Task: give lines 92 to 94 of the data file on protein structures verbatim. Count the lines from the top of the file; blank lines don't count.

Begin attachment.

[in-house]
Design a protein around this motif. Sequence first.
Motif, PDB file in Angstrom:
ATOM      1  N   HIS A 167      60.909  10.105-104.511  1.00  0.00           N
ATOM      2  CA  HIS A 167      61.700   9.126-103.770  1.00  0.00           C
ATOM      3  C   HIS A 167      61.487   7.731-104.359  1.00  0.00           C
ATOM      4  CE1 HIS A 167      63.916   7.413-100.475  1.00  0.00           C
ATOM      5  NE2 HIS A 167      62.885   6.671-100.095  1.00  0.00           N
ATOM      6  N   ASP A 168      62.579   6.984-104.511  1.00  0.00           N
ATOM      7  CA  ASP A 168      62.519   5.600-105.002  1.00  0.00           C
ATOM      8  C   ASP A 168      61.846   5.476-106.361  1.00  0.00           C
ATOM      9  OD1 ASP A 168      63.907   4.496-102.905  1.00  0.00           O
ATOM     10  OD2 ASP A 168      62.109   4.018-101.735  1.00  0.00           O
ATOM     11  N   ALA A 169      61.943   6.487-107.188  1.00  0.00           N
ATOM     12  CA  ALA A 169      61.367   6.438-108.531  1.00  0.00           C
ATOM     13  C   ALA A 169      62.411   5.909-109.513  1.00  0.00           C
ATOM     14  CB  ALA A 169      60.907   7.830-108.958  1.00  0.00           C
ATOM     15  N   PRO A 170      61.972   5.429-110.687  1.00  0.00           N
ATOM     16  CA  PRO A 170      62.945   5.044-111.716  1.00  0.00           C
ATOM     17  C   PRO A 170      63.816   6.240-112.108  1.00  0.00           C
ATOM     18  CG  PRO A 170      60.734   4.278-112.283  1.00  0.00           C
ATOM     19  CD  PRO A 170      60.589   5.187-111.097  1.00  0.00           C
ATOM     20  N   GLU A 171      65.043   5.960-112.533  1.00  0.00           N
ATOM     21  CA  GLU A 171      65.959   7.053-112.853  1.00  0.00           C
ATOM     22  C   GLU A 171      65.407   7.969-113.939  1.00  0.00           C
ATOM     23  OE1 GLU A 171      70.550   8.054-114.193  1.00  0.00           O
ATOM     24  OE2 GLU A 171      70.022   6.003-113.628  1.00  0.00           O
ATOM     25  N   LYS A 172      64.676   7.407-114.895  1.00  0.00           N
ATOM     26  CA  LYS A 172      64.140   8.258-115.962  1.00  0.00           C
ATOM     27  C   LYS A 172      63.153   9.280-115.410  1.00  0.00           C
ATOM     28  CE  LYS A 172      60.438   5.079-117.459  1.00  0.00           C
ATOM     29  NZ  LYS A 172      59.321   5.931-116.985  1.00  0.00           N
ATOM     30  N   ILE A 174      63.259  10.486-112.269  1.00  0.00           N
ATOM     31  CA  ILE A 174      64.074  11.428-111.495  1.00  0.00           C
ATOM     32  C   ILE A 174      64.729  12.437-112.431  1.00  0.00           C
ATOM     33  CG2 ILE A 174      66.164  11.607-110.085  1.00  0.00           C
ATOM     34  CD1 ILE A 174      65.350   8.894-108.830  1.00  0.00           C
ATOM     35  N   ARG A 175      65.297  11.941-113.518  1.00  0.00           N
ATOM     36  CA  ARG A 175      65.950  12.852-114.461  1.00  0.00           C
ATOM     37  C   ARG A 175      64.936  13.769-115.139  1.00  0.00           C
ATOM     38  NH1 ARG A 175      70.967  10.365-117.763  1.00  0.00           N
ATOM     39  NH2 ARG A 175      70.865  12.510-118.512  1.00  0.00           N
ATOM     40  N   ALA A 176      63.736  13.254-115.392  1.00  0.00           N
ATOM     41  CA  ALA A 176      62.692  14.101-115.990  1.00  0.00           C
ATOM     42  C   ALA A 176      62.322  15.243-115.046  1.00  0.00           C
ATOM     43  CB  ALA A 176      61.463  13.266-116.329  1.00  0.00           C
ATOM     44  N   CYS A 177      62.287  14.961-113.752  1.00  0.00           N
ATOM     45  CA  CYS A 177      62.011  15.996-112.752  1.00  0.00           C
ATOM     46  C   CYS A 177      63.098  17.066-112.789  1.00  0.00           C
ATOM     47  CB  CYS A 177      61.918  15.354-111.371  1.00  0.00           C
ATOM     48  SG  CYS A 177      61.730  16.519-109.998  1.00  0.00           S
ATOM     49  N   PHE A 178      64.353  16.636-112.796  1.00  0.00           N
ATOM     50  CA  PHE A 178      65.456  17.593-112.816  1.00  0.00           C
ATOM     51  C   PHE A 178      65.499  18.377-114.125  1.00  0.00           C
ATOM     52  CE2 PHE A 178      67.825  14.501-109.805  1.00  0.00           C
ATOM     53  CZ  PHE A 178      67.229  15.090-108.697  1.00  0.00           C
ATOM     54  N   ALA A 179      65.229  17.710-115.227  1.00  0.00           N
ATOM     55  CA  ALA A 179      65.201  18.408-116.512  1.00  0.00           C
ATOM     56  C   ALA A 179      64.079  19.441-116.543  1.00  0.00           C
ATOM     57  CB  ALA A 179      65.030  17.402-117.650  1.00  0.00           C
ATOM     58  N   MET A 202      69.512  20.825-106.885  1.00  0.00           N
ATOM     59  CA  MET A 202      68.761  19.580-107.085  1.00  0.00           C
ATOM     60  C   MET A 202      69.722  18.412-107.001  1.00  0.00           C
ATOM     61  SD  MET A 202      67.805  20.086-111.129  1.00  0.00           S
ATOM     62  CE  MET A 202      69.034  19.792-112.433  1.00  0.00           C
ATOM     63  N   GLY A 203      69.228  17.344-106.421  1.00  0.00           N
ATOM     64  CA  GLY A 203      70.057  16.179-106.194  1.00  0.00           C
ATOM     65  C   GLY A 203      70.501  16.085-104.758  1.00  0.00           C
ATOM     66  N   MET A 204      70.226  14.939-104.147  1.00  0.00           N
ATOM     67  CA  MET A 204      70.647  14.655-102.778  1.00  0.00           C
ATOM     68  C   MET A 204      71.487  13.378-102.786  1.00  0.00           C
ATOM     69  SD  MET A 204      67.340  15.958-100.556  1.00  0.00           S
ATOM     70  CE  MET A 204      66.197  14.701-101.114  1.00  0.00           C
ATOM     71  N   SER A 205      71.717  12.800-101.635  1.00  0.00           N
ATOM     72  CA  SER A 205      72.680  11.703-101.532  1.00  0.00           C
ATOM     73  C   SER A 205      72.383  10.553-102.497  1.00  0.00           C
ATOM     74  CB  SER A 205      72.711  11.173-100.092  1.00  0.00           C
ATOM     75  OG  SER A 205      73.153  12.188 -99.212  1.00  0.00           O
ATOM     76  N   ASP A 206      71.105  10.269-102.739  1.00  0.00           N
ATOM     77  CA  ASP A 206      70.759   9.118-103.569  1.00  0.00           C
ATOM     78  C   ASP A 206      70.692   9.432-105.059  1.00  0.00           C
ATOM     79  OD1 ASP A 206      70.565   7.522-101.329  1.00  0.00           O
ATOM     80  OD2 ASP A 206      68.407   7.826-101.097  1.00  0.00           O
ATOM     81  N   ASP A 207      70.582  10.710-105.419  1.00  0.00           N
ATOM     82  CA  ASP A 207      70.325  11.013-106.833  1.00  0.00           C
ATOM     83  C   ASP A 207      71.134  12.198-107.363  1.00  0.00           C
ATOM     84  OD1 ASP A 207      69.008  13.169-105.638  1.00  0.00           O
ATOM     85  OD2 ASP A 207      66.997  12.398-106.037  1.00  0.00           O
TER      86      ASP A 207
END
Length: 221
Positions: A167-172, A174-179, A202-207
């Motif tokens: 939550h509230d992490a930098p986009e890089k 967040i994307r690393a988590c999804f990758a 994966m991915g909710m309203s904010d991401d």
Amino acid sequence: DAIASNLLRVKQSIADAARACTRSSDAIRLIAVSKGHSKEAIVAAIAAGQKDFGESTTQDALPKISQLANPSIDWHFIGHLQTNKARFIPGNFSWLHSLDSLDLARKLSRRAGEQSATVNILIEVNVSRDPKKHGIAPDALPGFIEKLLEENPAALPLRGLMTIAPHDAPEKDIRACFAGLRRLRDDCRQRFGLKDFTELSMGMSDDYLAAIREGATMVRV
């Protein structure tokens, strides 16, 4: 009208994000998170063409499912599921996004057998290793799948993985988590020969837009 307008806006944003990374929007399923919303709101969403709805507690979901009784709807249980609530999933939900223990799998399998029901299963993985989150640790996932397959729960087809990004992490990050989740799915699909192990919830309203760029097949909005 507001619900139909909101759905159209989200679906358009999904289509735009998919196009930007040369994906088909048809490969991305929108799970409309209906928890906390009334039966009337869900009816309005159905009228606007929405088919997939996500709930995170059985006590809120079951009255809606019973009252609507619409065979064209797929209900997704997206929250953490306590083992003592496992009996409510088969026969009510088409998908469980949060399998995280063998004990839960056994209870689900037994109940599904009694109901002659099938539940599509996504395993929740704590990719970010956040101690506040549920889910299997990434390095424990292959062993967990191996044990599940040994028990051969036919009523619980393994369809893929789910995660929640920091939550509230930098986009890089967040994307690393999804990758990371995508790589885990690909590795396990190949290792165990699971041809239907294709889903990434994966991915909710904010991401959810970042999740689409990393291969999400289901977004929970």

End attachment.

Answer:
Positions: A167-172, A174-179, A202-207
């Motif tokens: 939550h509230d992490a930098p986009e890089k 967040i994307r690393a988590c999804f990758a 994966m991915g909710m309203s904010d991401d």
Amino acid sequence: DAIASNLLRVKQSIADAARACTRSSDAIRLIAVSKGHSKEAIVAAIAAGQKDFGESTTQDALPKISQLANPSIDWHFIGHLQTNKARFIPGNFSWLHSLDSLDLARKLSRRAGEQSATVNILIEVNVSRDPKKHGIAPDALPGFIEKLLEENPAALPLRGLMTIAPHDAPEKDIRACFAGLRRLRDDCRQRFGLKDFTELSMGMSDDYLAAIREGATMVRV